You’ll find in most LTD policies ONE of these definitions of “occupation” (from general to specific):
Own Occupation for first 24-36 months / Any Occupation thereafter / Medical Doctor
If not further defined in the policy, Occupation will be as broad as an MD’s duties. “Any Occupation” typically means ANY job you could reasonably be expected to do, based on education, training or experience, that could provide the claimant (within the next 12 months) 60%-85% of the claimant’s Pre-Disability Income. Another approach is any job that could earn the claimant an income which matches their LTD benefit (so, typically 60% of income, but could be far less for a highly compensated employee).
- NOTE: This definition is problematic for a highly compensated doctor.
Own Occupation for benefit duration / Medical Doctor
If not further defined, it will be broad as an MD’s duties, meaning that if a specialized doctor cannot perform the procedures he was previously doing – but could perform the normal tasks of a general medicine doctor — then he would not be considered disabled.
Own Occupation for benefit duration / Based on DOT list
Better only for those performing the 20 or so specialties listed in the DOT.
Own Occupation for benefit duration / Based on being “certified” in an ABMS specialty and/or sub-specialty
Certification is much like an agent obtaining a CLU designation (a credential designating further education and experience). Allows for the definition of occupation to be more specialized (128 general or sub-specialties) if Board Certified. Also, typically requires more than 60% of income in the two years prior to disability to be earned in that specialty or sub-specialty.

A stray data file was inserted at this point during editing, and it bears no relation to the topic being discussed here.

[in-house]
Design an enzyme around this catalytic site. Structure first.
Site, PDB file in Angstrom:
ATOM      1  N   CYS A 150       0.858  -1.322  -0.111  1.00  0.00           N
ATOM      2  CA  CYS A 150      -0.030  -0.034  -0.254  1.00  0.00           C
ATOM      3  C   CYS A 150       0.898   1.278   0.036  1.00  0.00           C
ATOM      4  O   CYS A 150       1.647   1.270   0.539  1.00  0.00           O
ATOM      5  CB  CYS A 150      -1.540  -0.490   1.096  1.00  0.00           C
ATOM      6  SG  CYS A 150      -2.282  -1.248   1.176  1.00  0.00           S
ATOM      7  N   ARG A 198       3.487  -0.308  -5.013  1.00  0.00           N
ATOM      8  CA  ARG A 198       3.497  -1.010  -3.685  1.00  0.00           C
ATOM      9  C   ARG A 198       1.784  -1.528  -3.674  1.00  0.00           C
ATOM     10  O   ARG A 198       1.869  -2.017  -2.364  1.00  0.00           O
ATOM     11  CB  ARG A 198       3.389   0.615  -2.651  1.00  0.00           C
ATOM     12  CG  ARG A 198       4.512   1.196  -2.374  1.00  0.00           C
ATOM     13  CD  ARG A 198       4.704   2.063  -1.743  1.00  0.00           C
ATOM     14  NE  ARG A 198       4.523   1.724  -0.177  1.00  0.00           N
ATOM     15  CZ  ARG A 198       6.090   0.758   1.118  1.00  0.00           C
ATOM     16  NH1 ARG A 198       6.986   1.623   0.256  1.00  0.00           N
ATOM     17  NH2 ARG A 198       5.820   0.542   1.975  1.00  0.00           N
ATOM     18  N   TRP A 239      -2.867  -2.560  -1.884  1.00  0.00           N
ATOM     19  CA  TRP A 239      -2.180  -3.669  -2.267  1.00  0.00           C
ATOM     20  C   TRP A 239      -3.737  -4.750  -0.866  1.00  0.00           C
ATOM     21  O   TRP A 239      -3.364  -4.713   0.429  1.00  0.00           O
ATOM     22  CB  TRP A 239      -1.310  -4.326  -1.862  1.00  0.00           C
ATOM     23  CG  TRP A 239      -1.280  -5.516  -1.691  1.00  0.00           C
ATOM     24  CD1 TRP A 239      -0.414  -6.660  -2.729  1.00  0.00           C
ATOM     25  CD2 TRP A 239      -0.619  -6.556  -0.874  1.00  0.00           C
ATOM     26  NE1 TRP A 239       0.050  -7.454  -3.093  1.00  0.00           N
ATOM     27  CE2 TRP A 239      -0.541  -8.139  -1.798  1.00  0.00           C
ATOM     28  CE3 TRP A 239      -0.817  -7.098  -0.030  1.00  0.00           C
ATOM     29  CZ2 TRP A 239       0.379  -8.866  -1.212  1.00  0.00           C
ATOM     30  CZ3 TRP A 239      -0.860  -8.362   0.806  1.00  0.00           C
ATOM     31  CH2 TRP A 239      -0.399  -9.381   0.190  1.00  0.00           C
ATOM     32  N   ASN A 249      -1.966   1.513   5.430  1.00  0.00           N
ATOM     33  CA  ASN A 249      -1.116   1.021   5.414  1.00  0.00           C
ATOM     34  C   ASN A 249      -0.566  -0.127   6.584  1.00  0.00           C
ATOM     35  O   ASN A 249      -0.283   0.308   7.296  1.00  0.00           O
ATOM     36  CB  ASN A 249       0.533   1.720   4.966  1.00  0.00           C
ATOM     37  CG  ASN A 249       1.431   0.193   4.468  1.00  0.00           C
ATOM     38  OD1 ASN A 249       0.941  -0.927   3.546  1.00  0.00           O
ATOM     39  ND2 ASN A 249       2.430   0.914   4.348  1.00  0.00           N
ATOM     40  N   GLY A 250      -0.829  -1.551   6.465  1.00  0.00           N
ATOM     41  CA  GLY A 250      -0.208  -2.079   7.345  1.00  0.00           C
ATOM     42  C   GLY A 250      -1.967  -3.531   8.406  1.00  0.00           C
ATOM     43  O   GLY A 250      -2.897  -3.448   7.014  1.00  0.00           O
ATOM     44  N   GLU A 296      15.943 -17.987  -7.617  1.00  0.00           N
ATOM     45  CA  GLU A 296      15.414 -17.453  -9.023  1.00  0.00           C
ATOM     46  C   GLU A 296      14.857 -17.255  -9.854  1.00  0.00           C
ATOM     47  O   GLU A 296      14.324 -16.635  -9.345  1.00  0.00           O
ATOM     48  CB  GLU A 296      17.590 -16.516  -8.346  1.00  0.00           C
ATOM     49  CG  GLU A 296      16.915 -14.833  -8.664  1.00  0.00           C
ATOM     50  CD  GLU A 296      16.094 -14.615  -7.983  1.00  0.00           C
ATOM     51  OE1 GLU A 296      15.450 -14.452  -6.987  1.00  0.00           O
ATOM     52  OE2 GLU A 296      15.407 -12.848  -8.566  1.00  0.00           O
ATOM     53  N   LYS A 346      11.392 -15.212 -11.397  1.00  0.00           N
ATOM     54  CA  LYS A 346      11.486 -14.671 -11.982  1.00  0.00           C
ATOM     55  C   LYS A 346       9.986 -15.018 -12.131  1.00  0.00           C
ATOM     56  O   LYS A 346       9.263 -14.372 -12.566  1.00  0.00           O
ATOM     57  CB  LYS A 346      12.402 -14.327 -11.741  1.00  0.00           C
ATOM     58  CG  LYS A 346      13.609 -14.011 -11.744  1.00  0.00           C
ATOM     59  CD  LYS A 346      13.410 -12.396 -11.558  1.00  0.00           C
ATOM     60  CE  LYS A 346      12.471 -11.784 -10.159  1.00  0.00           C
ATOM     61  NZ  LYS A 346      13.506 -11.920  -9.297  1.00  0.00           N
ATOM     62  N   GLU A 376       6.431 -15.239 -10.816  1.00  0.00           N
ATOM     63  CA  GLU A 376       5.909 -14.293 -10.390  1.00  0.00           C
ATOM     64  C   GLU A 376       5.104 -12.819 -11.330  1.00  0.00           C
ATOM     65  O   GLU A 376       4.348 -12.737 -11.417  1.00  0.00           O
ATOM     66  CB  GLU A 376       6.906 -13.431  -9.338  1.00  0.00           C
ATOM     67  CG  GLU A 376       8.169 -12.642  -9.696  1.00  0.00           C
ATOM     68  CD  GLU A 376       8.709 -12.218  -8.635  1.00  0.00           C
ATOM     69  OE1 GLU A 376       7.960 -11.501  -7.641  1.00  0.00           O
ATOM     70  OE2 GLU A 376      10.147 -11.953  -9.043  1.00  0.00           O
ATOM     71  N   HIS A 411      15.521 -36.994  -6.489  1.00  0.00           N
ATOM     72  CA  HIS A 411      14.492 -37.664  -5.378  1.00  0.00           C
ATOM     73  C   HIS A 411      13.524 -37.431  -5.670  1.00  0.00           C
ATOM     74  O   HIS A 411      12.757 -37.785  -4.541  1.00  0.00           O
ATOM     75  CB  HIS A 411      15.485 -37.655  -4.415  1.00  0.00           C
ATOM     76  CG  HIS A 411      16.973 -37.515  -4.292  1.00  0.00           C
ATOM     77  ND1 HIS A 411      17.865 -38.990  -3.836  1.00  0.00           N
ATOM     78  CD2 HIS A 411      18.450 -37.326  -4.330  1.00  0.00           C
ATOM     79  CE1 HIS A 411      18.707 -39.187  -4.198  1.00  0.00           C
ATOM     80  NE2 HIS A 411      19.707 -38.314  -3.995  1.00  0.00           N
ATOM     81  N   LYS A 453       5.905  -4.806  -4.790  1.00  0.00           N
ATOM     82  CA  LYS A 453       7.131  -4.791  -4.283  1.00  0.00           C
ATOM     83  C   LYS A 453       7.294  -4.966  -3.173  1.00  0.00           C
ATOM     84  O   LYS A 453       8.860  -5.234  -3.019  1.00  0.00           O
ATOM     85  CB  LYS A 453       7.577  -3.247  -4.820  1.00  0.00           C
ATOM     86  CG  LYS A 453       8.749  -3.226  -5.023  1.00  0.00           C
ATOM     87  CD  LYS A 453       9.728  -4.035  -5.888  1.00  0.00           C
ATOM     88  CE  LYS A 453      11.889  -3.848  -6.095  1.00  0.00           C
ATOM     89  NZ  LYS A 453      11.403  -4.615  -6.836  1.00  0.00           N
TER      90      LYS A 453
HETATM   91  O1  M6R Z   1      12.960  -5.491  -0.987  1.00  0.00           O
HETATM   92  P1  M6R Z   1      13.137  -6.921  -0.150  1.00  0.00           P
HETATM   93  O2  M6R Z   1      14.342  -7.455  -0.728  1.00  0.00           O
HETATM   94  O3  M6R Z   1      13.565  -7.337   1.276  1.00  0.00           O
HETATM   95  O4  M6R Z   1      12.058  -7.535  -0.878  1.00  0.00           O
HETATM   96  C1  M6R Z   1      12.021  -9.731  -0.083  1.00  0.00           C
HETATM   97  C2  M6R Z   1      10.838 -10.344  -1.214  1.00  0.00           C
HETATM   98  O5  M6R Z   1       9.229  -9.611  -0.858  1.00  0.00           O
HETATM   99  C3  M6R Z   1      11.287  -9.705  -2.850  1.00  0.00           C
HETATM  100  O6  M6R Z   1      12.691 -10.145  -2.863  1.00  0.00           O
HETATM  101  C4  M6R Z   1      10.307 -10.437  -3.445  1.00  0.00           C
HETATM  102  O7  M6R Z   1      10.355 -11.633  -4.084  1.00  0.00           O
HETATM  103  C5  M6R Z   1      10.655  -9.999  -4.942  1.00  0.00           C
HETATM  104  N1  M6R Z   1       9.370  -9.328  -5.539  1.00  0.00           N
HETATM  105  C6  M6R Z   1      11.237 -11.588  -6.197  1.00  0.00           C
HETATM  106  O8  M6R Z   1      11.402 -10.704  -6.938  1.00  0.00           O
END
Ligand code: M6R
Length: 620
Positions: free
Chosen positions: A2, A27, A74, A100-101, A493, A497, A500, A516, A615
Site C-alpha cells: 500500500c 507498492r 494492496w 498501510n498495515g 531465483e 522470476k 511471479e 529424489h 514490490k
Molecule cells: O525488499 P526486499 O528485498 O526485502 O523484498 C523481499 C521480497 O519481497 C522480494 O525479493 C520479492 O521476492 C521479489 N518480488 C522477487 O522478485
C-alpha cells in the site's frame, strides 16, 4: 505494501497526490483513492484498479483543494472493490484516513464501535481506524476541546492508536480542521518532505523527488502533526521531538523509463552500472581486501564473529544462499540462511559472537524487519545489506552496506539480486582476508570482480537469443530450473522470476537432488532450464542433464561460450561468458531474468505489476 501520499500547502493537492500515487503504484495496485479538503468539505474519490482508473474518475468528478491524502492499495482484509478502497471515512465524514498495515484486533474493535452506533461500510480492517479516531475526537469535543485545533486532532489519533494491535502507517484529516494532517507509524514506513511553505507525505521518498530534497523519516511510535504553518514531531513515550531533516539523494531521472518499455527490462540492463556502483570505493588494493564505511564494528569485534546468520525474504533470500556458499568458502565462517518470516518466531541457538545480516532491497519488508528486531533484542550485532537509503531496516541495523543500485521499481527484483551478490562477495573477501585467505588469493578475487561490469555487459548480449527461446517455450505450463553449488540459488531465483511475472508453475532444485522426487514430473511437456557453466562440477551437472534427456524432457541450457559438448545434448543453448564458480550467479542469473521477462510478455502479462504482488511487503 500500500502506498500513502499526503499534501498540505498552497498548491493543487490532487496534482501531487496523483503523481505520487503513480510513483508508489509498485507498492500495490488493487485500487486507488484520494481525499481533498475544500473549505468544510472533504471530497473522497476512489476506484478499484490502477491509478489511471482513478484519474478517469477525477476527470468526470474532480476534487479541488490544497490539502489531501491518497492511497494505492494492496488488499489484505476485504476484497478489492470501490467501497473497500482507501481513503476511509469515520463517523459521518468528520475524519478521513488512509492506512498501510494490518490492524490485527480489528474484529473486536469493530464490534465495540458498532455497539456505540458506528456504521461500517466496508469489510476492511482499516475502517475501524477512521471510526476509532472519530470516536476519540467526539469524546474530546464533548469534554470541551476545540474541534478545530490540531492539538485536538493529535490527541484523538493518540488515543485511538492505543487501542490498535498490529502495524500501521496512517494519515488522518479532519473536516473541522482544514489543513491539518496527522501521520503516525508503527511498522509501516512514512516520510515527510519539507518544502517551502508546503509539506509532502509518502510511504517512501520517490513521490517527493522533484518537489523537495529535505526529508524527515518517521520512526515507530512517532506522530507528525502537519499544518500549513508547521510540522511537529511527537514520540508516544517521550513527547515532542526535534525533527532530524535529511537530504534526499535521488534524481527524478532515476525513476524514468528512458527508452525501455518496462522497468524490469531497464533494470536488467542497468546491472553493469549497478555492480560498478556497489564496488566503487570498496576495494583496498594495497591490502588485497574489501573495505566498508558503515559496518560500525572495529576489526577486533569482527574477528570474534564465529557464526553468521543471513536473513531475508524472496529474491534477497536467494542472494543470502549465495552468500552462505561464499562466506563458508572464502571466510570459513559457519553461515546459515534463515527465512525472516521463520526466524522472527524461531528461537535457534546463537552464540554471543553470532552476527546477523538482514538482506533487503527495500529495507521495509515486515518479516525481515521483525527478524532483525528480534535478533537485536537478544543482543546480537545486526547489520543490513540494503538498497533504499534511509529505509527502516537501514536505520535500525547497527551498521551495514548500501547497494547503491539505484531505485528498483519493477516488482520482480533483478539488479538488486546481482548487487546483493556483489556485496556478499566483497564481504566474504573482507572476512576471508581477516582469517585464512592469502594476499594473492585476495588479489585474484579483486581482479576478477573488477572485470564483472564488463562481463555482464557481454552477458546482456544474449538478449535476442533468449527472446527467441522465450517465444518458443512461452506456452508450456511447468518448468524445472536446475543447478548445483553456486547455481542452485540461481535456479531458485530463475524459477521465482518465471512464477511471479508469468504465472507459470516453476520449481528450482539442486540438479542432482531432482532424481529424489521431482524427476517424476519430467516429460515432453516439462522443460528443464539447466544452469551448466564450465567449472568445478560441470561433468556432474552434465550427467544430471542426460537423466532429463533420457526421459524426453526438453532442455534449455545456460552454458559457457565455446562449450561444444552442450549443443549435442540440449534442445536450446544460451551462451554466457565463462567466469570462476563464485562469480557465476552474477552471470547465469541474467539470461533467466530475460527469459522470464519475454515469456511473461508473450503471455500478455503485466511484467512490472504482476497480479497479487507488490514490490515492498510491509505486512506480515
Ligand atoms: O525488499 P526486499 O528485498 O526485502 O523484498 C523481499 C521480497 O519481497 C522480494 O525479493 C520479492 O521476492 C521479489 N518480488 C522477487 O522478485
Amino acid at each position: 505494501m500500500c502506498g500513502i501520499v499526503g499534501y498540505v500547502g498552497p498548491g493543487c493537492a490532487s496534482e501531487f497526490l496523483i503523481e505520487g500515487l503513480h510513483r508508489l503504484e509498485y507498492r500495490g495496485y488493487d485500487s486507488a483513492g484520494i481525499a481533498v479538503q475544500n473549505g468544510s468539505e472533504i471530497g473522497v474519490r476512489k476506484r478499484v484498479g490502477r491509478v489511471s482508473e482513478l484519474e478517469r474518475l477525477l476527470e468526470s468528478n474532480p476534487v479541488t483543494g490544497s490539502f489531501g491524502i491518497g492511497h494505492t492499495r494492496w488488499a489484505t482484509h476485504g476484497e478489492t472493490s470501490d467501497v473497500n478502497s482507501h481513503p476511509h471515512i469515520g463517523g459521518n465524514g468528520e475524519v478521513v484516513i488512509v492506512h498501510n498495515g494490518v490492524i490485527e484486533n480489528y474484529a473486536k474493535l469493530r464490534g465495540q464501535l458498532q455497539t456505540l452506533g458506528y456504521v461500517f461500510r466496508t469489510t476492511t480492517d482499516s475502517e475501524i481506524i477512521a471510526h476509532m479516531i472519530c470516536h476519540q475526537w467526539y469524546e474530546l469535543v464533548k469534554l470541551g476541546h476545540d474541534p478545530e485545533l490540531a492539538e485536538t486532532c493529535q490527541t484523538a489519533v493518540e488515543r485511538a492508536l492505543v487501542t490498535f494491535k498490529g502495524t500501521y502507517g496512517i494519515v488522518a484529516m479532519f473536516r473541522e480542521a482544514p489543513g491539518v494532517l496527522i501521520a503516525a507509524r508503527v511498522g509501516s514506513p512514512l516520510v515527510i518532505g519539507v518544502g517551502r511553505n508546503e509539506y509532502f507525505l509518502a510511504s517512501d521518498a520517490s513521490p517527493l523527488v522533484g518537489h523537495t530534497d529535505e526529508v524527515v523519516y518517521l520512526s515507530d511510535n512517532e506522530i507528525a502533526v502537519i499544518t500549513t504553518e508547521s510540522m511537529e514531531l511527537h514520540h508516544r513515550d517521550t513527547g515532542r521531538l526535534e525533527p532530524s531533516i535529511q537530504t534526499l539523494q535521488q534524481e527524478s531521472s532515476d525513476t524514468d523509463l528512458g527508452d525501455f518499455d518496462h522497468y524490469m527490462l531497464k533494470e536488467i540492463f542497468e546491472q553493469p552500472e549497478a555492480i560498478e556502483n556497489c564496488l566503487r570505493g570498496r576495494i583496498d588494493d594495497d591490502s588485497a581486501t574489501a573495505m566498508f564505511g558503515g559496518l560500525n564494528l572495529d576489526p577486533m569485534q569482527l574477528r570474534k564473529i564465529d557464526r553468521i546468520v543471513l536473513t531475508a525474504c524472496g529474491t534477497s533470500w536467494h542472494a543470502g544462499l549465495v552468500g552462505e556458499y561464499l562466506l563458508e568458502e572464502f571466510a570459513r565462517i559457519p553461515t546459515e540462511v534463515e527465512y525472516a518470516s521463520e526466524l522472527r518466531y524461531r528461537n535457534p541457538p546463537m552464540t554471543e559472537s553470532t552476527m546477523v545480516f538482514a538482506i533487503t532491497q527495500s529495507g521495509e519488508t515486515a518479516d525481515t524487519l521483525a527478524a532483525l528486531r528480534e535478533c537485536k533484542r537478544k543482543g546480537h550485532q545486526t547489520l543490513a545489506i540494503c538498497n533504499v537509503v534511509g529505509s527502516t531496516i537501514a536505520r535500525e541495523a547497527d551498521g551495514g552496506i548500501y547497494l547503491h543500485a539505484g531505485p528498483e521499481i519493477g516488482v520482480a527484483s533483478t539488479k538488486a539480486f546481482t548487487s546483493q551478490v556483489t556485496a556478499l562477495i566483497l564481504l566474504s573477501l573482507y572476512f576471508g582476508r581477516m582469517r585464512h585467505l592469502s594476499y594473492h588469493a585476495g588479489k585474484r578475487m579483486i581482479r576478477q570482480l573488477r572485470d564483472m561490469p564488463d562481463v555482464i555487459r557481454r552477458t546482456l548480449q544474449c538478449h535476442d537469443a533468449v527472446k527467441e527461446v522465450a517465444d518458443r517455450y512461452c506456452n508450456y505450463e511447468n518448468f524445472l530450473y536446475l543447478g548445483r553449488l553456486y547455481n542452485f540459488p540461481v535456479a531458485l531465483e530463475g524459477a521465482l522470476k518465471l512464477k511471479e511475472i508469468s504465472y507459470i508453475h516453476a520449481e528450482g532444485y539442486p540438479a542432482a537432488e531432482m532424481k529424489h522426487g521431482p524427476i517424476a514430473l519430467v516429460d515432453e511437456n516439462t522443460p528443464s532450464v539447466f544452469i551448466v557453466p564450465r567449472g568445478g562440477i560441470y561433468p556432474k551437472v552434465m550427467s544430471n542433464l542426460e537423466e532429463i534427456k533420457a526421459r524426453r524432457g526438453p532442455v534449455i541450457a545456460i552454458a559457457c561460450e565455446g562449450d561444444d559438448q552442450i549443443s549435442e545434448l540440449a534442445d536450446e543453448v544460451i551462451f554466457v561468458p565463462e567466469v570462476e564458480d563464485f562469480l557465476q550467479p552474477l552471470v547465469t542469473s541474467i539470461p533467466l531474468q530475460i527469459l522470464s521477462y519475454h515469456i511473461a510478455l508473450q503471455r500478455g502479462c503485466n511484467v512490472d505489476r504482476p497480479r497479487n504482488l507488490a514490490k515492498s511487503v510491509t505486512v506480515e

- NOTE: About 90% of all medical doctors are currently board certified. Younger doctors are less likely to be certified.
Based on ABMS Specialty
No certification required
Based on ABMS specialty or sub-specialty
No certification required
The doctor’s actual procedures and duties at the practice – based on CPT codes, job description, medical malpractice insurance coverage, etc. – Allows for the definition of occupation to be specific to what EACH doctor or dentist does at their specific practice.
Some of these definitions may meet the needs of some less-specialized doctors. To prevent “stress” at claim time: Ask your doctor client which definition most likely helps them sleep better at night – one that MAY capture their duties and procedures, or one that specifically says – in writing – that it will consider their ACTUAL procedures and duties.
Keep in mind that this definition of disability may be a little more costly, and it may take a little more information-gathering at claim time. But it is also the definition most likely to match up with their individual disability insurance (IDI) claim experience.